Again, think of the OWSer mobs. Are they alienated? You bet. But from what? They haven't a clue. For "the fanatic is someone who, without realizing it, replaces the love of God with the love of his own religion; the love of truth, freedom, and justice with the love of an ideology, doctrine, or set of promises to guarantee them once and for all..."

On an individual basis, it's always a good idea to explore one's center of gravity. When we talk about "values," about the culture war, about political parties, we're really talking about very different centers of gravity.

For example, for the leftist, the center of gravity is the compacted collective, or state; for the conservative liberal, it is the radiant individual. In fact, for the leftist -- since he is fully terrestrialized -- his center of gravity is generally politics, period.

What normal, productive person with a life and family would have time to spend weeks on end screaming at walls? This is why the brain-dead left can always muster more raw political energy than the opposition, since it is their life. They're just obeying gravity and going with the flow, whereas for the rest of us, politics is a distasteful distraction that we mainly engage in to prevent the left from making matters worse and ultimately destroying the country. To paraphrase Eliot, we have no expectation of actually prevailing, only of perhaps recapturing and holding a little ground and then passing it on to the next generation.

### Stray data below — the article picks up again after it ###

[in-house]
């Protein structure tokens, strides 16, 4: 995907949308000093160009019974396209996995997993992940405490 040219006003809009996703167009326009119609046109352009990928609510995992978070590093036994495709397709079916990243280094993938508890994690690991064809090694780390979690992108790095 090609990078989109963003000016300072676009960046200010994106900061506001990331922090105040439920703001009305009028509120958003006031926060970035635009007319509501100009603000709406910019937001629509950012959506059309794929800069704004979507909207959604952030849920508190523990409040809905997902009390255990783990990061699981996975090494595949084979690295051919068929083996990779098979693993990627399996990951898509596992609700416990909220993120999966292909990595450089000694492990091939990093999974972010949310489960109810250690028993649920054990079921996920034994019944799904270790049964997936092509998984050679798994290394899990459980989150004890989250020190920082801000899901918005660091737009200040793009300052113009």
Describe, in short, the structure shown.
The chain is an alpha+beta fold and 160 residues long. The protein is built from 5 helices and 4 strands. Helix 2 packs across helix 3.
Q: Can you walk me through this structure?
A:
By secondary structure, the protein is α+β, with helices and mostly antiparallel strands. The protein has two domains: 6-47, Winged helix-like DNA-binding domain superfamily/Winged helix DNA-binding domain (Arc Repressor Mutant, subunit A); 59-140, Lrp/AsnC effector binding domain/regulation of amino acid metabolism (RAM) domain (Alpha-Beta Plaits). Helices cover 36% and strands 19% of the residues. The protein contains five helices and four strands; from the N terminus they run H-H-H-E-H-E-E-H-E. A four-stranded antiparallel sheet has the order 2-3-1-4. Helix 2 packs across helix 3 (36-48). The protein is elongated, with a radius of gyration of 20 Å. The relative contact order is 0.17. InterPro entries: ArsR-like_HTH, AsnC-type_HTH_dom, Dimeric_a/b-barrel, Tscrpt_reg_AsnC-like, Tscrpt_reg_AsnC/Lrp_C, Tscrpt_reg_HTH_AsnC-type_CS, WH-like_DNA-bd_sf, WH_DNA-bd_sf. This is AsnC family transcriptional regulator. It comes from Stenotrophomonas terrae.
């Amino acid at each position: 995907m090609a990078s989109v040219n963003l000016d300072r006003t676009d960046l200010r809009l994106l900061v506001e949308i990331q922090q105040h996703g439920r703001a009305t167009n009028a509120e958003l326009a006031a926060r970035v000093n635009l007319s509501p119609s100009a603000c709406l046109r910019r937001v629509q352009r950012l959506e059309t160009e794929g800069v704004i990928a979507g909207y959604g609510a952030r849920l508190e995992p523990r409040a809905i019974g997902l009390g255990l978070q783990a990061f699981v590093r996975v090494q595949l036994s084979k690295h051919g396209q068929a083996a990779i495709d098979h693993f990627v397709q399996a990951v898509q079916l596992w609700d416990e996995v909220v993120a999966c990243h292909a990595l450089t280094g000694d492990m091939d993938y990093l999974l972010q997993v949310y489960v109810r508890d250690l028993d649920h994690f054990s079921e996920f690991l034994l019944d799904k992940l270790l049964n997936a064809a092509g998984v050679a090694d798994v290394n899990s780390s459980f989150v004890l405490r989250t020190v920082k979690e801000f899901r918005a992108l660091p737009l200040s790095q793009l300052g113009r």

Another danger of politics is that it tends to organize people around their hates. As a result, their center of gravity becomes that which they hate.

Yes, troll, I know what you're thinking. How is this any different from how Bob treats the left? One difference is that you are here. Why are you here, anyway? To open yourself to Being and change your center of gravity toward O? Or simply to use me as a focus for your hatred and stupidity?

When evaluating a patient, it really comes down to identifying their center of gravity. Most any mental illness results from a false or relative center of gravity. What is a fetish? An obsession? A compulsion? A fixation? A phobia? A depression? Paranoia? Each of these serves to organize the mind around a false center, which limits intelligence and falsifies being. They cannot "radiate," only focus. Or, if they do radiate, it is in a diffuse and chaotic manner, certainly not toward the nonlocal attractor, O. Their psychic content just spills all over the place, like a toxic dump.